Retail Road Trip: Boston

We embarked on a cross-country road trip to find out how leading home furnishings and lighting showrooms do business. Our second stop brought us to Boston, where we got an in-depth look at Mohr & McPherson and Wolfers Lighting. 

Nicole Bowling
07/26/2017
Printer Friendly, PDF & Email
Mohr & McPherson showroom
The Mohr & McPherson showroom showcases textiles, casegoods, artwork and more from all over the world.

We kicked off our Retail Road Trip series in March with Lighting & Decor’s hometown of Chicago. Our second stop is Boston, where among rich history, delicious seafood and sports fanatics, two showrooms have made their mark. Read on to find out how Mohr & McPherson and Wolfers Lighting have remained community staples for decades. 

Mohr & McPherson

Mohr & McPherson showroom

 

Tucked into the SoWa district in Boston’s South End, Mohr & McPherson has been a neighborhood landmark for more than 25 years.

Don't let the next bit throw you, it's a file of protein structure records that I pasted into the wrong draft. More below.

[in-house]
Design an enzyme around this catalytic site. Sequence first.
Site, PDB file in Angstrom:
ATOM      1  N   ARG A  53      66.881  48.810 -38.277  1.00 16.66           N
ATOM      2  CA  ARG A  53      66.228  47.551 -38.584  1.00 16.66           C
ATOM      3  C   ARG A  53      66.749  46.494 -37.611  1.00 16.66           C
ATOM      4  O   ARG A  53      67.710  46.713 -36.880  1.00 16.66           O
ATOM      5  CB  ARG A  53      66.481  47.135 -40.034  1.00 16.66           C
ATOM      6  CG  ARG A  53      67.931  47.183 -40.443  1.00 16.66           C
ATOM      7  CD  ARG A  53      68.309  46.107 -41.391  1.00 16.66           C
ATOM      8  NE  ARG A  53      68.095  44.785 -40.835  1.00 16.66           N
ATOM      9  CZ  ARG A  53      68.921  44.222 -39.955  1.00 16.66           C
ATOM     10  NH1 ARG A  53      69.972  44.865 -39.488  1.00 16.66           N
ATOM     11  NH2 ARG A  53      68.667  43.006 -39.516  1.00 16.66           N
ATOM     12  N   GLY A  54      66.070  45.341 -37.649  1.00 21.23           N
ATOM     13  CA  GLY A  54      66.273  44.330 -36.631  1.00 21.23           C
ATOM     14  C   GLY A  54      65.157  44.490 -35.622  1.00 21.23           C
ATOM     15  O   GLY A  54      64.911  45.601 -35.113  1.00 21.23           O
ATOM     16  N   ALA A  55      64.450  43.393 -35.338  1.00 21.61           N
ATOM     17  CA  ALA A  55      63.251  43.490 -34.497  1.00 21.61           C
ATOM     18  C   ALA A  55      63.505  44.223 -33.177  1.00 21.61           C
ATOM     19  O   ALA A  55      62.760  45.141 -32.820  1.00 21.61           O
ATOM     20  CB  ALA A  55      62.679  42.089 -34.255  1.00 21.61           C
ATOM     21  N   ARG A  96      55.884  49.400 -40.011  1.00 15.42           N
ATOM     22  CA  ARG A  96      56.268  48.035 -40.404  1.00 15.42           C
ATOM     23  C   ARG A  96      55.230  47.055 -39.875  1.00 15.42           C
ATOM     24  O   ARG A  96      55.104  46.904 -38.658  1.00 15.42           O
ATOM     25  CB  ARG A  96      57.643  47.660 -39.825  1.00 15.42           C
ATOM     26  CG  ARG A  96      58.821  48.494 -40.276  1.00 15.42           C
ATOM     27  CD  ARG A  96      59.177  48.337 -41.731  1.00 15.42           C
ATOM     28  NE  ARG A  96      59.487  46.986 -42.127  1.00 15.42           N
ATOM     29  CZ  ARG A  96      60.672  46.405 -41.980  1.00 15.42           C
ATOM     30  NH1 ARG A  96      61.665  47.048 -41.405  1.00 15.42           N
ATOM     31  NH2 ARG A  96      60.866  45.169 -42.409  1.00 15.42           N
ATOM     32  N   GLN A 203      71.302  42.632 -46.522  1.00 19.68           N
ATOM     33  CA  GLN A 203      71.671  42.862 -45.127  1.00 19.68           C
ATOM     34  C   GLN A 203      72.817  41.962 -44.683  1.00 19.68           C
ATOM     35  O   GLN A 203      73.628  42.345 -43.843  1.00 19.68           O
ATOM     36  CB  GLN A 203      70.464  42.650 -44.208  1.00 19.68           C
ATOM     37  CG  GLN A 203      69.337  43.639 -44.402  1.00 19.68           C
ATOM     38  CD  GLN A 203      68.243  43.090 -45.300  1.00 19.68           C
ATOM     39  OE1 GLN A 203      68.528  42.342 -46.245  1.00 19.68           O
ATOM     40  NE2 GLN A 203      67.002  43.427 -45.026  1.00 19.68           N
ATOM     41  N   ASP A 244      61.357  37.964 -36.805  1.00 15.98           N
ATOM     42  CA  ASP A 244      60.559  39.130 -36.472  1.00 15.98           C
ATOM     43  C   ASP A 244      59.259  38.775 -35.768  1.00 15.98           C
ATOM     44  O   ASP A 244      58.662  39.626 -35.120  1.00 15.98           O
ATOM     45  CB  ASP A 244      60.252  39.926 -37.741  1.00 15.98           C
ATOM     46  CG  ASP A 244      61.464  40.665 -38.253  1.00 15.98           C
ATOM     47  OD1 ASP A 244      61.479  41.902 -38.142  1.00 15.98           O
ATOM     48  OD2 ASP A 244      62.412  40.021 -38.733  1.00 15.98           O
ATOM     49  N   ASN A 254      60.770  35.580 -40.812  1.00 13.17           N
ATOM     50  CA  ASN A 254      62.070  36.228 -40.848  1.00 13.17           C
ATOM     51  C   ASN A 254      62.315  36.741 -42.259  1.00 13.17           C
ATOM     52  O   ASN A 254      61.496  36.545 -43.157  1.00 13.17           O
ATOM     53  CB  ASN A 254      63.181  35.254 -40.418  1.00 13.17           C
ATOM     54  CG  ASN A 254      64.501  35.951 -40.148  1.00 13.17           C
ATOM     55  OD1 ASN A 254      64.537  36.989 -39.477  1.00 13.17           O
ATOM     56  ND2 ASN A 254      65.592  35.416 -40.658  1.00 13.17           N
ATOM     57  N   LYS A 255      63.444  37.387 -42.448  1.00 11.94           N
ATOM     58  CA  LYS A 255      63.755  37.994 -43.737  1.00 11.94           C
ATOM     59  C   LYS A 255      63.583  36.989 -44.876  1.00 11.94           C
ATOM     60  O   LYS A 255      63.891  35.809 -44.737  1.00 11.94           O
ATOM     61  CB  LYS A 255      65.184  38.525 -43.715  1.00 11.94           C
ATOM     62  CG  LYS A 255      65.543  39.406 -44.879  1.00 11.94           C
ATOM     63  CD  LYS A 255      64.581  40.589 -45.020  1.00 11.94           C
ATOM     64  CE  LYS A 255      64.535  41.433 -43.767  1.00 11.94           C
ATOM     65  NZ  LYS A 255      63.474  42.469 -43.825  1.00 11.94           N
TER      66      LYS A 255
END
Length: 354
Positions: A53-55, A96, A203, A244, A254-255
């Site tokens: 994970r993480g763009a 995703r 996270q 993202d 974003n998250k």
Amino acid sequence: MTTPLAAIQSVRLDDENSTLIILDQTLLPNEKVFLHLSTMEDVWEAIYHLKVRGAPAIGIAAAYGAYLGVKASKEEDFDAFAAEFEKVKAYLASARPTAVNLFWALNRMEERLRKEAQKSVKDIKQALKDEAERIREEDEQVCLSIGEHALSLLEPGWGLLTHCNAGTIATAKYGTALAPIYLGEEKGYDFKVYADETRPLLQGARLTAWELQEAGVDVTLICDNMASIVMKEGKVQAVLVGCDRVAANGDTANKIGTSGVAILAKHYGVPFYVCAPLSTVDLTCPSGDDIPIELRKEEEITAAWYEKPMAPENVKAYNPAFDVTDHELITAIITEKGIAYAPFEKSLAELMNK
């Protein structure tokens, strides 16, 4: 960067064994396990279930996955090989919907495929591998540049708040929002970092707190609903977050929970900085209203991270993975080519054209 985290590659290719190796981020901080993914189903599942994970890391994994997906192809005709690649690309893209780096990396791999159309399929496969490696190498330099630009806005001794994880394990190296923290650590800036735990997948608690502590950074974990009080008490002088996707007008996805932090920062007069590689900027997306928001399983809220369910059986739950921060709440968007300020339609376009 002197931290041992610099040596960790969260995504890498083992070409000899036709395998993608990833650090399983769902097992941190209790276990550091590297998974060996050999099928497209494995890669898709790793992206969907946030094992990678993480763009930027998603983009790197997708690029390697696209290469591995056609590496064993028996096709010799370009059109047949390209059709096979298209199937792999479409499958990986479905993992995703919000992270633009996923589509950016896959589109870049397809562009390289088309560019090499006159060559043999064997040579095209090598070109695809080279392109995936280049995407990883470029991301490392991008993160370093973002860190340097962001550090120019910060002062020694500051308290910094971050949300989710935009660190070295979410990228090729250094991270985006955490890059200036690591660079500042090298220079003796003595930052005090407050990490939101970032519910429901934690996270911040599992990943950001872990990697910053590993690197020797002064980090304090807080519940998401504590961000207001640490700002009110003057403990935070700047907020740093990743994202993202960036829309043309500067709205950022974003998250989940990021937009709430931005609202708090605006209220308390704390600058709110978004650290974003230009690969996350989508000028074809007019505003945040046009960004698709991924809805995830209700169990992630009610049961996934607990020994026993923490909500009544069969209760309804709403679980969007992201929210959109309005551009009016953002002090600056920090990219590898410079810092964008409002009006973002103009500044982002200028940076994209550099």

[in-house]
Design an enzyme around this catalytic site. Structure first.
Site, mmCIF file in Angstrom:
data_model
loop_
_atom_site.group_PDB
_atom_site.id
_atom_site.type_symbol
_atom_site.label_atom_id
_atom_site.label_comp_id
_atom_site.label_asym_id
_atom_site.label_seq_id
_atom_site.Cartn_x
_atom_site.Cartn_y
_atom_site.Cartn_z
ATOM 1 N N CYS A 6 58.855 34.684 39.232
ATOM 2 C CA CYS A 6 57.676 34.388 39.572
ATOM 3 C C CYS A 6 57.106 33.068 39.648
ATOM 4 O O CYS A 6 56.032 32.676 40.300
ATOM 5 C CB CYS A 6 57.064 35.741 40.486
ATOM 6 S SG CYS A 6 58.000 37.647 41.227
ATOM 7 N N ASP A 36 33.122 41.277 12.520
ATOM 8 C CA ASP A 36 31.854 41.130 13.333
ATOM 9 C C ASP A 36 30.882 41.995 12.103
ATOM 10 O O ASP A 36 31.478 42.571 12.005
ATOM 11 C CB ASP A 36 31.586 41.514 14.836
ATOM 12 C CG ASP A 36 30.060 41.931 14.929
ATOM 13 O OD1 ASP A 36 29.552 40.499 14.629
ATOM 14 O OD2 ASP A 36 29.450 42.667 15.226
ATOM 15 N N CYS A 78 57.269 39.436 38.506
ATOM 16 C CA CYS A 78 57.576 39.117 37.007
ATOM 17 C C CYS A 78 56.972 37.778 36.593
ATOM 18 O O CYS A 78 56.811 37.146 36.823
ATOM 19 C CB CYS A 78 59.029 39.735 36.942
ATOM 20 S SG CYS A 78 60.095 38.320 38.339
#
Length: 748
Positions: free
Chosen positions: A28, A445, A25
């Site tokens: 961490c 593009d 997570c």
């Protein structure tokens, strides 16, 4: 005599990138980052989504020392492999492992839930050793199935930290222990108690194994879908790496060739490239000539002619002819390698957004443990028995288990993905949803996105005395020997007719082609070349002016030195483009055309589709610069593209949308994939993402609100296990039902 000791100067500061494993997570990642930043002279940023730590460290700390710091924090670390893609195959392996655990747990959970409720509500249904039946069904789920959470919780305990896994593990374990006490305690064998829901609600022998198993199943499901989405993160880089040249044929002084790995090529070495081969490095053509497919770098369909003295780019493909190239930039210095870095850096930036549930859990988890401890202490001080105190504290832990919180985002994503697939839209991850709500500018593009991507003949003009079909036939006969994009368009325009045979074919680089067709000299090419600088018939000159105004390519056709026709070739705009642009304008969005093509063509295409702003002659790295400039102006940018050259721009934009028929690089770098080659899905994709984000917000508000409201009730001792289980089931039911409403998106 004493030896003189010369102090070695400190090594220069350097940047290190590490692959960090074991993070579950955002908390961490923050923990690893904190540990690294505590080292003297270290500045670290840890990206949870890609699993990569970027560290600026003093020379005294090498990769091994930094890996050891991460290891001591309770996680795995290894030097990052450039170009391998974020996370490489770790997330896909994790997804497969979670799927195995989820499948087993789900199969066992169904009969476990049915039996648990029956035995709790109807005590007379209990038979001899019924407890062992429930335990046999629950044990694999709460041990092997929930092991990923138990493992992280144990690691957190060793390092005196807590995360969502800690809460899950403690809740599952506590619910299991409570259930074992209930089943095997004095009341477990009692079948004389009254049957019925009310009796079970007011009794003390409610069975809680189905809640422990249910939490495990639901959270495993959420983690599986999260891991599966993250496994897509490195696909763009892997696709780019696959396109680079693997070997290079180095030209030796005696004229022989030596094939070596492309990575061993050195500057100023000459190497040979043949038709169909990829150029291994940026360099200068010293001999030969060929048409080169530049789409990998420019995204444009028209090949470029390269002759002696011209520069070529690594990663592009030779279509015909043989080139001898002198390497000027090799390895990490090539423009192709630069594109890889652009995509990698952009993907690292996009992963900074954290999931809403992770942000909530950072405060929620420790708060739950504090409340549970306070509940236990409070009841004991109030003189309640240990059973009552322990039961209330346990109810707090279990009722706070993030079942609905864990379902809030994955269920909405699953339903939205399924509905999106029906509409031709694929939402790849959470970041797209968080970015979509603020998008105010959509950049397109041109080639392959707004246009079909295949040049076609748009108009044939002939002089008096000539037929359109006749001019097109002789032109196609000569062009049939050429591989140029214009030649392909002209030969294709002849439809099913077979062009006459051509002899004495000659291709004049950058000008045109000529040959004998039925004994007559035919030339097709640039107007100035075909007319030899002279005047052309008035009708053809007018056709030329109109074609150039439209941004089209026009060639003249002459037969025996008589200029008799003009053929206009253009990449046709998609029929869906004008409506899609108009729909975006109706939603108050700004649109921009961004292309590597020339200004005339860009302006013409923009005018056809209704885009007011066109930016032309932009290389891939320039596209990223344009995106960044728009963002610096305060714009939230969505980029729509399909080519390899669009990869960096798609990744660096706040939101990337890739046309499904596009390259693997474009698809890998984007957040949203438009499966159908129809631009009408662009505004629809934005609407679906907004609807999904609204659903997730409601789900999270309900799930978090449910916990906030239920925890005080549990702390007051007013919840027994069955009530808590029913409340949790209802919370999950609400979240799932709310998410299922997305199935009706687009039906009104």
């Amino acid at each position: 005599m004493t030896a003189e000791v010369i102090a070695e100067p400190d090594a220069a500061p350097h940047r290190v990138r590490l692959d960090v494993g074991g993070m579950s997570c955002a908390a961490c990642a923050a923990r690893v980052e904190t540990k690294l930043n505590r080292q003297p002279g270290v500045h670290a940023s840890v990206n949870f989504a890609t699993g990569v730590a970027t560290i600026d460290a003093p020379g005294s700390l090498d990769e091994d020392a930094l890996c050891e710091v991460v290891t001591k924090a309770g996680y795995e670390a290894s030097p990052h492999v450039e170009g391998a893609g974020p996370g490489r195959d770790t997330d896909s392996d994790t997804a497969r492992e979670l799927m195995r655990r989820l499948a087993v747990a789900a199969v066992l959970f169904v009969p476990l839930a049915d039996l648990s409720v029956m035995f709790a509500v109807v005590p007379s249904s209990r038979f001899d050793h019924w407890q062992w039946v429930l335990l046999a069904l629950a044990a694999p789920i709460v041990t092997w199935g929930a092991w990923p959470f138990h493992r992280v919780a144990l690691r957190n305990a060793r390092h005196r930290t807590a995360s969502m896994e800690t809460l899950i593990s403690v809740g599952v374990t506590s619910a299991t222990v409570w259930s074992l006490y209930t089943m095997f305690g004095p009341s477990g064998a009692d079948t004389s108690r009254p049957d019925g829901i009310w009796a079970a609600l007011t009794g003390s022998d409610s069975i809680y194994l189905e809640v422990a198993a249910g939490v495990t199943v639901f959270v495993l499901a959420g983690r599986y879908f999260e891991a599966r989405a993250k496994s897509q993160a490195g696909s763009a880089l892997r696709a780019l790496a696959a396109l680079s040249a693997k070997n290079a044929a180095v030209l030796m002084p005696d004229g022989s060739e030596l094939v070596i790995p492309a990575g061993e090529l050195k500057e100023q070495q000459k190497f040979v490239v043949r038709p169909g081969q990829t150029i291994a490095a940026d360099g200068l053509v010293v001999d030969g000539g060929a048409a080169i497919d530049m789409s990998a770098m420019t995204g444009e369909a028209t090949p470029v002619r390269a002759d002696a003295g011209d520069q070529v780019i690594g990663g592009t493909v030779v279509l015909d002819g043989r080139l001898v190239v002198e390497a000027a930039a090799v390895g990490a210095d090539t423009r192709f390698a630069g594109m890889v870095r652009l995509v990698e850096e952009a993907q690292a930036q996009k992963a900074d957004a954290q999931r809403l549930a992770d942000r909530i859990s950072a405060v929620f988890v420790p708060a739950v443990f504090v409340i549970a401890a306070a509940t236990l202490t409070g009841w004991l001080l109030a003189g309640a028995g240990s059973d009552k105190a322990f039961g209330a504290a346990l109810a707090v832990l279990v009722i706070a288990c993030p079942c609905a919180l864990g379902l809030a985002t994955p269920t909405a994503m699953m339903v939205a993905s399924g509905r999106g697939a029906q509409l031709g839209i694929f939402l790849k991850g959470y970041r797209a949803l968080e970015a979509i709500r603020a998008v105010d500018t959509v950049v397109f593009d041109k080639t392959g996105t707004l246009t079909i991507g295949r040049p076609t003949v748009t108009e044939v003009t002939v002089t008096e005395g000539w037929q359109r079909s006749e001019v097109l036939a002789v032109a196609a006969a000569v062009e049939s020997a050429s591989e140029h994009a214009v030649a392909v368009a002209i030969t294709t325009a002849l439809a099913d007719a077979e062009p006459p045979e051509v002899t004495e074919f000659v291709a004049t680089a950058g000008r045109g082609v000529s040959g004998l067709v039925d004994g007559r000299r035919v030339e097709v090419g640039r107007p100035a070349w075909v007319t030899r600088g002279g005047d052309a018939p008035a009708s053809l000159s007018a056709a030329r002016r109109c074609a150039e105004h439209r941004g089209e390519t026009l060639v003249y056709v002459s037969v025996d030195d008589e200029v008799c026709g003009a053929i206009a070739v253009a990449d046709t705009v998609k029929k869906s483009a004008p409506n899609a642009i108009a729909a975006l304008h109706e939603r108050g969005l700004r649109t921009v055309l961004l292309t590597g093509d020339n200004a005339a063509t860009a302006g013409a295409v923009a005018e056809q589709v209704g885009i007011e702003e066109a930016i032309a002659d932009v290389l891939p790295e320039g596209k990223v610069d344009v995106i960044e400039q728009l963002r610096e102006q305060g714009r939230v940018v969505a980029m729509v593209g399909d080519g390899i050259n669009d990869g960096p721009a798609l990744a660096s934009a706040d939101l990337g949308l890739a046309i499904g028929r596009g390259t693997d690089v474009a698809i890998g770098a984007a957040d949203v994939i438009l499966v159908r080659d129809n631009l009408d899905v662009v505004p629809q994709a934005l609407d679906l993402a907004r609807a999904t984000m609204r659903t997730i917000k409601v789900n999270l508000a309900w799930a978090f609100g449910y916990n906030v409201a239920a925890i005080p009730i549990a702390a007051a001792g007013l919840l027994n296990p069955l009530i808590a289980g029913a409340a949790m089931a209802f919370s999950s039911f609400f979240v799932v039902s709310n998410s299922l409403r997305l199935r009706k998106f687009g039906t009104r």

Founder and owner Kevin McPherson trained originally as a general contractor and made a business out of creating and selling custom furniture, like bookcases, to the academic crowd in the city. His connections grew, and in the 1990s, he started traveling the world in search of rare furnishings to bring back to the United States to sell. 

“At that time, and what this business has always been about, is finding the next big trend in a hip country and bringing it here before anyone else,” explains son and one of the three Showroom Managers Cal McPherson. 

Cal McPherson, who went to business school and officially joined the company in 2013, grew up around all of the beautiful things the showroom has to offer — rugs from India, lighting from Thailand, casegoods from China — and credits this as the reason he’s been able to jump in so quickly.